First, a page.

Back in 2008, the UN Office on Drugs and Crime reported to the UN Commission on Narcotic Drugs how one of the main “unintended negative consequences” of international drug control was the creation of a massive criminal criminal market of macro-economic proportions. That market in turn fuels security destabilisation and corruption.
In 2011, in a report that will mark the 50th anniversary of the 1961 Single Convention on Narcotic Drugs, the International Narcotics Control Board will address the same issue. The thematic chapter to its 2010 annual report will focus on ‘illicit drug markets and corruption’ according to a recent media release.
According to the Board’s President Hamid Ghodse “Corruption undermines global efforts in the fight against the illicit drug problem. Powerful and wealthy organized crime groups corrupt and intimidate public officials, who facilitate the illicit drug trade. We see many examples where violence and corruption are deeply entrenched in illicit drug markets. Without addressing this vicious circle of corruption and the illicit drug trade, international drug control efforts will never be fully successful.”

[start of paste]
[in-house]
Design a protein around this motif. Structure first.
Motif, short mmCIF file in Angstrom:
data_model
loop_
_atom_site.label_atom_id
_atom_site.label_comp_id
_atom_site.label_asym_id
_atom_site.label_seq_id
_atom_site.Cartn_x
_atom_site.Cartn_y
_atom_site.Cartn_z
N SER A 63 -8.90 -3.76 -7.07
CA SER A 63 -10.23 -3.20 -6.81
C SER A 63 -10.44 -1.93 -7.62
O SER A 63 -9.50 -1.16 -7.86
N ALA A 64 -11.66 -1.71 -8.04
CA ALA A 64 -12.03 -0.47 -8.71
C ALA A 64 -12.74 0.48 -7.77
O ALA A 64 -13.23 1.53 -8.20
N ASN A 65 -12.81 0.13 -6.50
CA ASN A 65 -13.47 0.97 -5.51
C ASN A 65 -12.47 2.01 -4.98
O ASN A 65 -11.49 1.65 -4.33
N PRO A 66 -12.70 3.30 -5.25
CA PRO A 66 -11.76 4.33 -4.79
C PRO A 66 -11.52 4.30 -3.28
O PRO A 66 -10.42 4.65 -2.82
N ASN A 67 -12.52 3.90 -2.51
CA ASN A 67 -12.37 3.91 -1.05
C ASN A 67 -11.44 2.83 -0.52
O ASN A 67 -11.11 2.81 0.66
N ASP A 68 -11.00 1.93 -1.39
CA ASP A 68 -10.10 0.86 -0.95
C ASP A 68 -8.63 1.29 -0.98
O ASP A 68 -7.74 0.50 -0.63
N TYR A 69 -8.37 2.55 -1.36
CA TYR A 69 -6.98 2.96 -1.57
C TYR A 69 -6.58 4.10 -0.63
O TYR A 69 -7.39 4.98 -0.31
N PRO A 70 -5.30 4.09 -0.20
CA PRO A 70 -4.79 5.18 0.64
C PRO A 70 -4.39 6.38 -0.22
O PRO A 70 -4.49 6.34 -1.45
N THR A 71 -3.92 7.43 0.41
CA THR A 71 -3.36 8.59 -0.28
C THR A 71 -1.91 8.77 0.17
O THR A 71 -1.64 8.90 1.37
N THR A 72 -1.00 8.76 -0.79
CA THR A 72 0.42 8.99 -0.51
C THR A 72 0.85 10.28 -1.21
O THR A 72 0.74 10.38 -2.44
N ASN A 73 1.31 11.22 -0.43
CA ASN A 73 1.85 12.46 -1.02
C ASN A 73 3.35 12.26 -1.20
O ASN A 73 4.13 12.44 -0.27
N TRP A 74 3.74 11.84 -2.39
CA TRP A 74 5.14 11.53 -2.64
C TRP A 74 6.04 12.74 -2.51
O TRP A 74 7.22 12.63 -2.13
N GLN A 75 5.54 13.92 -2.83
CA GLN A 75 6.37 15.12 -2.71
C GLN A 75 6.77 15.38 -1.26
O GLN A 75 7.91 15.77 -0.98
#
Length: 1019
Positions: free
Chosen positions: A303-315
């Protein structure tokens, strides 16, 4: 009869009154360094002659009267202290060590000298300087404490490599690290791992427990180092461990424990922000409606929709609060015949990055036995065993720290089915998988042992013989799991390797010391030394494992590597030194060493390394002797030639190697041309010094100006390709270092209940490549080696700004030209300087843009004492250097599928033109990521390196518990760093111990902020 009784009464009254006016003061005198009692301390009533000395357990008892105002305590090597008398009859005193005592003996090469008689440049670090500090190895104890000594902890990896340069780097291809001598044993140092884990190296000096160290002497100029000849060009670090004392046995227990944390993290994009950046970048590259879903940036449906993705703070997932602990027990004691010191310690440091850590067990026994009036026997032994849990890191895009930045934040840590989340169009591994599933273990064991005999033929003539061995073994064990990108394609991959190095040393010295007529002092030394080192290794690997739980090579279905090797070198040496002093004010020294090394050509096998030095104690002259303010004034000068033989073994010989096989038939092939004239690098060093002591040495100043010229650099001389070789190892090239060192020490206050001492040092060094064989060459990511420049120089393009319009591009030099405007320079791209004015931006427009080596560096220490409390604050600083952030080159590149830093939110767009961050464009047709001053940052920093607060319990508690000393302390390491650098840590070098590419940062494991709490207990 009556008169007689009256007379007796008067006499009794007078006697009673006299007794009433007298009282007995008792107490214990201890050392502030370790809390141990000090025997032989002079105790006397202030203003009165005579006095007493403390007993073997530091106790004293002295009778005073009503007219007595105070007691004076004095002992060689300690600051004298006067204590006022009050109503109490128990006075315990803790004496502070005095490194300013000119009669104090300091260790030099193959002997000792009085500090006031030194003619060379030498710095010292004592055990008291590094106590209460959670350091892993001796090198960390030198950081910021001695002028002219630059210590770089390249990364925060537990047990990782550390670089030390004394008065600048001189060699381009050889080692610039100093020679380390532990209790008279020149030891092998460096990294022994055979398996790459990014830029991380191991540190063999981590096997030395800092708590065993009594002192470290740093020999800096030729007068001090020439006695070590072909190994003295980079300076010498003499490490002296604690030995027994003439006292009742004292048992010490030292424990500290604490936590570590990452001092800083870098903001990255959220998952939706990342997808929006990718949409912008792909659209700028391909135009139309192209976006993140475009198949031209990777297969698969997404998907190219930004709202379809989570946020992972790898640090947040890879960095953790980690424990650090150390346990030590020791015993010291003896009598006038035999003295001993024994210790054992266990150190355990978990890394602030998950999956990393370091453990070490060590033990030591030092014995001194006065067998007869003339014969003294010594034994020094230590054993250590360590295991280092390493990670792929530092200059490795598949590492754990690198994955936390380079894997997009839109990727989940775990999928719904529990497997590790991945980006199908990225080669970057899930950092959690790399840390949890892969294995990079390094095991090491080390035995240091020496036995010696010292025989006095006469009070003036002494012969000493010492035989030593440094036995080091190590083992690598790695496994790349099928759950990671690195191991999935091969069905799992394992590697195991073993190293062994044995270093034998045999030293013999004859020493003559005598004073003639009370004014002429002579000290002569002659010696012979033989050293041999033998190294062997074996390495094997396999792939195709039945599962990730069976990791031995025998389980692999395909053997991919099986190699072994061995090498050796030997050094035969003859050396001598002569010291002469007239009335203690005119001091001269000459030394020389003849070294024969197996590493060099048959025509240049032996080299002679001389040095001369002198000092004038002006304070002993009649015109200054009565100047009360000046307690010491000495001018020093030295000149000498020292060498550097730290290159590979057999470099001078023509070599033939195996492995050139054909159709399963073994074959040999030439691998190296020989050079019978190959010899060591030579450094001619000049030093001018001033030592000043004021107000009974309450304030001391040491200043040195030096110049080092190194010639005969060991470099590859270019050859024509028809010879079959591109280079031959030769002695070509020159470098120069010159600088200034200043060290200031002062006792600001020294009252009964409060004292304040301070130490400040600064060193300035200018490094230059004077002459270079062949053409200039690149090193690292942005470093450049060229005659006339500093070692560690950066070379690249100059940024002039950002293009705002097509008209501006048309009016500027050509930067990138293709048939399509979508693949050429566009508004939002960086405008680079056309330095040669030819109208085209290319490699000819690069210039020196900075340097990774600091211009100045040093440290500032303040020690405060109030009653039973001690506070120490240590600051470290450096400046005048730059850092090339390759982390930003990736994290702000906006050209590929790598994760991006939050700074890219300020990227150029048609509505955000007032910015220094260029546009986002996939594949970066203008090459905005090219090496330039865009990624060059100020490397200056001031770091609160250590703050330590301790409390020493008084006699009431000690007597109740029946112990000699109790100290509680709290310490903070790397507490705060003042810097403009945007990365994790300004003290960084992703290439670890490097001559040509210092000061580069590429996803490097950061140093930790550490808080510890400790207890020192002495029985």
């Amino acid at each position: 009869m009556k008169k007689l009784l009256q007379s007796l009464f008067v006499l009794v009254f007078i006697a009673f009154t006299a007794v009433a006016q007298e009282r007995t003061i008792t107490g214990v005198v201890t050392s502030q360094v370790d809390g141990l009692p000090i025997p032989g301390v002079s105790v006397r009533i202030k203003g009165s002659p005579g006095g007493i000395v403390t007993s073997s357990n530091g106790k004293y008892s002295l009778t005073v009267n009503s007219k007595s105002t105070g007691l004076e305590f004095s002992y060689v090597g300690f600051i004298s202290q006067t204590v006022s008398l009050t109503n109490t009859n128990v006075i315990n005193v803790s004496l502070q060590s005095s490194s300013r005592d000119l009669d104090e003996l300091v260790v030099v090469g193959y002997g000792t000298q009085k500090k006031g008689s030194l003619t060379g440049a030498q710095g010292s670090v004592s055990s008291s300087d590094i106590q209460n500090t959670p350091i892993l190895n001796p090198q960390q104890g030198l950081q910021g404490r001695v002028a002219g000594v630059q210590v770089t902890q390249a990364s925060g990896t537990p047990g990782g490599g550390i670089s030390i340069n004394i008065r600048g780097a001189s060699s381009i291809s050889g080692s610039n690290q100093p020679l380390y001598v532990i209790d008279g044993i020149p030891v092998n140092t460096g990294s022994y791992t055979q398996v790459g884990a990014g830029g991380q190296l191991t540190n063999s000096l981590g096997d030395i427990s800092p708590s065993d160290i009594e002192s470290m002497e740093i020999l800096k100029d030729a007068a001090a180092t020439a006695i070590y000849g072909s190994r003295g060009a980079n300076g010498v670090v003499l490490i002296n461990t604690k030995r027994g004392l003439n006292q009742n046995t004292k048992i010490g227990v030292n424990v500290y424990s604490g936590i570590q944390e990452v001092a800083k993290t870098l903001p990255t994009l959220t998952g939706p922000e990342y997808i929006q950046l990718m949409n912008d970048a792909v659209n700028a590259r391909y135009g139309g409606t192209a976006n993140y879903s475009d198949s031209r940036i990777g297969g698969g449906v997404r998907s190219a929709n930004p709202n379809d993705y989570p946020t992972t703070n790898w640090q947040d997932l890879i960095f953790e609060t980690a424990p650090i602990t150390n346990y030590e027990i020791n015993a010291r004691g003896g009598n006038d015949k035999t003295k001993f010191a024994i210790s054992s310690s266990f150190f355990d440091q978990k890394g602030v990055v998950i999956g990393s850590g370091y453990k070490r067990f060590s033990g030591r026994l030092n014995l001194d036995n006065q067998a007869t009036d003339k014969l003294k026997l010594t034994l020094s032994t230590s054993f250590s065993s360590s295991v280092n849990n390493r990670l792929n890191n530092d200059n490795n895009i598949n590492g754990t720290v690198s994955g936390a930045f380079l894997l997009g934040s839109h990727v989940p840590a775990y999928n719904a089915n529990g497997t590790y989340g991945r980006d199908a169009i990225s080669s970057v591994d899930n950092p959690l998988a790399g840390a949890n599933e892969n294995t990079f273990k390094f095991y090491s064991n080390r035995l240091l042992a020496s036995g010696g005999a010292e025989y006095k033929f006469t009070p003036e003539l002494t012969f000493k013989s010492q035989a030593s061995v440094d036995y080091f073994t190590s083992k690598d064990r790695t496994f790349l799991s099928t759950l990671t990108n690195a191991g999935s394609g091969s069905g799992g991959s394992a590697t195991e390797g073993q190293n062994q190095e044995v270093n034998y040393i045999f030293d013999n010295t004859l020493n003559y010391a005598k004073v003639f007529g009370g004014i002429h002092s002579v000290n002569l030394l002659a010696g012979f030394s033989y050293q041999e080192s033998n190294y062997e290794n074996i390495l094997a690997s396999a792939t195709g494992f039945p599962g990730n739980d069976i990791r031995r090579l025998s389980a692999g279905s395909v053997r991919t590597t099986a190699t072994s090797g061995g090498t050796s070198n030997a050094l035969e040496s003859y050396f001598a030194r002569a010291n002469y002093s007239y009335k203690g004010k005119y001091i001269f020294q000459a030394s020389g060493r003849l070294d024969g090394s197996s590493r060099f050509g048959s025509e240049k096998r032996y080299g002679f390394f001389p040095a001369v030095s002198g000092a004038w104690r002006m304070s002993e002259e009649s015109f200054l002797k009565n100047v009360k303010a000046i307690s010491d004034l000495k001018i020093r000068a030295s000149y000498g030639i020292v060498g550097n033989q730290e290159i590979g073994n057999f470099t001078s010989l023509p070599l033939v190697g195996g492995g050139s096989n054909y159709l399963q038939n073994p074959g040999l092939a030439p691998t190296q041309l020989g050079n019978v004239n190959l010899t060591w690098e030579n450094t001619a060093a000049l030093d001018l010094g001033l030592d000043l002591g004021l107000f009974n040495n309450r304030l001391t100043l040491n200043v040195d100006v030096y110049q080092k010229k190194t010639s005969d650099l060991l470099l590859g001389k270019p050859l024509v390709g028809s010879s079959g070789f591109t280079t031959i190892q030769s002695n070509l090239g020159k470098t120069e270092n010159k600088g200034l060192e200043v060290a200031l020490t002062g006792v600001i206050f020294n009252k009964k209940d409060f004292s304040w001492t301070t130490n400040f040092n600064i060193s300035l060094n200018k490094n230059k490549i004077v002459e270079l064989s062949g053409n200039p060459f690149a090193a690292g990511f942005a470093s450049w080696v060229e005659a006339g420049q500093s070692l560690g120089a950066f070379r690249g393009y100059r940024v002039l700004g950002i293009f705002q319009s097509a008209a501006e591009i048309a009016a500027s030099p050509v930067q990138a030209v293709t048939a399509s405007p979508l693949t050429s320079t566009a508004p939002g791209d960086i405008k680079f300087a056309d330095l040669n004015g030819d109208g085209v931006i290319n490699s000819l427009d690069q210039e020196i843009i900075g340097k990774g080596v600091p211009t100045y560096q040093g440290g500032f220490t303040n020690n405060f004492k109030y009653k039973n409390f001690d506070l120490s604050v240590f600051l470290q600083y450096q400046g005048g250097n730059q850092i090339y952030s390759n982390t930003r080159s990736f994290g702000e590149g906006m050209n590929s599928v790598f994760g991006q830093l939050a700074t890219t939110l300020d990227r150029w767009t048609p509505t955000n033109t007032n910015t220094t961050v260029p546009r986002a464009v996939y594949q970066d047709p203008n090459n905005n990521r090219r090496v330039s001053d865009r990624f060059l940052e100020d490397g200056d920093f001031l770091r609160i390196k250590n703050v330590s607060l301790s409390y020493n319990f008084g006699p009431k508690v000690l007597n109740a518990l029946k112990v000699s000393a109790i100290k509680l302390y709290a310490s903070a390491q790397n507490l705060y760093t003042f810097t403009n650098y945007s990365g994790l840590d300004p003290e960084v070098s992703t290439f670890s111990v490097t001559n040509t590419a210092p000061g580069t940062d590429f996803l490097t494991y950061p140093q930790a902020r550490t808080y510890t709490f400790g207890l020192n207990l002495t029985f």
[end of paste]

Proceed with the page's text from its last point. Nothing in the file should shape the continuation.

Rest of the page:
Of course, the INCB is in a tough spot. It oversees the very treaties that form the backbone of the international system UNODC identified as the root of the black market driving the very corruption the Board is now looking to address. It will be very interesting to see whether the Board has the “independence” and “impartiality” to be able to recognise this.